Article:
Arne Jacobsen was one of the most renowned Danish designers, uniting the functional objectivity of Modernism with organic natural forms. He studied as an architect at the Royal Danish Academy of Arts, and in 1930, he opened his own architectural office in Hellerup.
Thirteen years later, he and his wife fled to Sweden to escape the German occupation of Denmark. During their time in Sweden, they worked together on a series of textile prints and wallpaper.
When they returned to Denmark in 1949, Jacobsen began work on the Munkegard School outside of Copenhagen. During this project he created the “Ant” chair which began his rise to international fame. Then, in 1956, Jacobsen began work on his most celebrated accomplishment, the Royal Hotel in Copenhagen. His work on this project resulted in the creation of his signature designs: the “Swan” chair and the “Egg” chair, among countless other designs that continue to impact the design world.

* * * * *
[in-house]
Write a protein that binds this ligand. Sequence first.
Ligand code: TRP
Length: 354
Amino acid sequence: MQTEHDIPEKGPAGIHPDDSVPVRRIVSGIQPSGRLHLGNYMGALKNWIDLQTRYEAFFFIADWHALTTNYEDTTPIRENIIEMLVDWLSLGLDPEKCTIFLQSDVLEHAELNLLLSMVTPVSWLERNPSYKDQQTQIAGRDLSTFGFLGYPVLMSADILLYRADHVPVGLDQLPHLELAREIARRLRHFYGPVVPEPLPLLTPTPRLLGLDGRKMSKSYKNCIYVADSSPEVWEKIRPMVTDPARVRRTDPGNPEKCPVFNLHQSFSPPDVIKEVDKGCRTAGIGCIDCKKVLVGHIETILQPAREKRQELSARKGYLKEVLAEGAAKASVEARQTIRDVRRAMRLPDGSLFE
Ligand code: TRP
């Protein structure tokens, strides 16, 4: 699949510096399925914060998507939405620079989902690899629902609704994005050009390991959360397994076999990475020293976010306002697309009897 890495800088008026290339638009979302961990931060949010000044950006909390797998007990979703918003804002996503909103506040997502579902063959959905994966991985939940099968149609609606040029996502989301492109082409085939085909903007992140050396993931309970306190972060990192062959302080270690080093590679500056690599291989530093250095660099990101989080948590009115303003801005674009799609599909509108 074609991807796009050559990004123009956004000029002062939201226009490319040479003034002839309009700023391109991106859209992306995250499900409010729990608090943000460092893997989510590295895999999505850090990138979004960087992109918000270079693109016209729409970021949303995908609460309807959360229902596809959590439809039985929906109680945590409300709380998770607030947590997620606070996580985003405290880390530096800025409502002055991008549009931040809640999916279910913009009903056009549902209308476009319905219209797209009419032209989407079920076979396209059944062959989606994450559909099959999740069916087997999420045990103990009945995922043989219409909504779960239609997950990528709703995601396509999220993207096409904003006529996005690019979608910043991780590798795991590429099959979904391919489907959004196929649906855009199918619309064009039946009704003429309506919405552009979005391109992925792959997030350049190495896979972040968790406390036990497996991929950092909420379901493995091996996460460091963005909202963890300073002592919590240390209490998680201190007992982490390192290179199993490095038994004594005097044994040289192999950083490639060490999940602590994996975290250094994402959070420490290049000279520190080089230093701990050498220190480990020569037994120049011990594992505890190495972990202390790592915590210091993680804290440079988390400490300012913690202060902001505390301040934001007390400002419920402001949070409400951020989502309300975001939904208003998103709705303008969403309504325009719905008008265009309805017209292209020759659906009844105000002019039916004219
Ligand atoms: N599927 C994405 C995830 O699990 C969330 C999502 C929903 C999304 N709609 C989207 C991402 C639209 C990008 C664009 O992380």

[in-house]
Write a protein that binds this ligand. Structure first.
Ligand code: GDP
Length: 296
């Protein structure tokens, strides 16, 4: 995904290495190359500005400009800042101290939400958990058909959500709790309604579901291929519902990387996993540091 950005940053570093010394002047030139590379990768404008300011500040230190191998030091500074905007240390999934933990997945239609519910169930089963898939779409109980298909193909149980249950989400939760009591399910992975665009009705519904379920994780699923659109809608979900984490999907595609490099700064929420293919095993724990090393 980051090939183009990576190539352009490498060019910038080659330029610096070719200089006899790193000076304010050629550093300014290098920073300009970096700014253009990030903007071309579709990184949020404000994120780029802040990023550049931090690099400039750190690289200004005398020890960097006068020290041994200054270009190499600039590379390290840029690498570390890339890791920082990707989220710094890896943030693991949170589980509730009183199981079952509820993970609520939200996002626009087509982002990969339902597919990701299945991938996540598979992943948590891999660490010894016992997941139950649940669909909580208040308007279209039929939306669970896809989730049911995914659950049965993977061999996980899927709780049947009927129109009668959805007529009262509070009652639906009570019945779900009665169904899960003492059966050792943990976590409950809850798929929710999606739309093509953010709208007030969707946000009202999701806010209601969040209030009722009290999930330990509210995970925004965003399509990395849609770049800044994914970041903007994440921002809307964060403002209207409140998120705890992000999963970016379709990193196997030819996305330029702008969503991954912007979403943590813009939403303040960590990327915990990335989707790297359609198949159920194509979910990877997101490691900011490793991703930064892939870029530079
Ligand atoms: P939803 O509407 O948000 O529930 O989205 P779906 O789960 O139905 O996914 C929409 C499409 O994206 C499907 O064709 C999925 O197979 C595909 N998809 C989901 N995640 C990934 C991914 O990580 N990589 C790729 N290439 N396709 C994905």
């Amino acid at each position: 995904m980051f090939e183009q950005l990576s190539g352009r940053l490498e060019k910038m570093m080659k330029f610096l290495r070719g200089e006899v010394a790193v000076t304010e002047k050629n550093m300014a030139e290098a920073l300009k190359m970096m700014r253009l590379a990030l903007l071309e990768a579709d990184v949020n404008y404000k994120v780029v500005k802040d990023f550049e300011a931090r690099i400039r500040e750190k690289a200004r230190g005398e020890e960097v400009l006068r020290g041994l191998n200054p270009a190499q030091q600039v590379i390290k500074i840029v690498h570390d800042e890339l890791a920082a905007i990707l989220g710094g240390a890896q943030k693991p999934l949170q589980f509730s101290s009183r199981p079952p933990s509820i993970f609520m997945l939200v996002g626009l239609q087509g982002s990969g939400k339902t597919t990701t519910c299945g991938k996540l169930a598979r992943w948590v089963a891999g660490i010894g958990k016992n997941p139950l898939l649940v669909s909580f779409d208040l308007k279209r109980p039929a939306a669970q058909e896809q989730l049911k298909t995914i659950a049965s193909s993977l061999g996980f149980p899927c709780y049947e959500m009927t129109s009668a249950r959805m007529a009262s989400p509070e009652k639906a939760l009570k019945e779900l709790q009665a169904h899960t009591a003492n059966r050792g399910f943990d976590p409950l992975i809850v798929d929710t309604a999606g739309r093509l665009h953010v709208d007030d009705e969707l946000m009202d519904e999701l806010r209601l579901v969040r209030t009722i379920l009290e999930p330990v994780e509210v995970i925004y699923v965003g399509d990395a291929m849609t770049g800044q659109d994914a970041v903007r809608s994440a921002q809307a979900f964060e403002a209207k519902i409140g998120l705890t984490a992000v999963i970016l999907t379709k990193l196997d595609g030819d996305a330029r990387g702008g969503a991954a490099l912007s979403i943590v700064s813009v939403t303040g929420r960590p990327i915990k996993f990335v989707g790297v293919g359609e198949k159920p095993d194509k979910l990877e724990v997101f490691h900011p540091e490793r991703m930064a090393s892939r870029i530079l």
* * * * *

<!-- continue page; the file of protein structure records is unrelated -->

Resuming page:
Jacobsen once reported that “it has been said for many years that when a thing is practical and functional, it is beautiful as well. That I don’t believe.” His designs, however, managed to be both of those things — sculpturally unique and designed, above all, to be used.
From May to June 2003, Luminaire honored the life and work of this international icon with a comprehensive exhibition of his aptly described “perfectionist minimalist” designs. The opening reception included the release of Room 606, the Jacobsen biography by New York architect Michael Sheridan.
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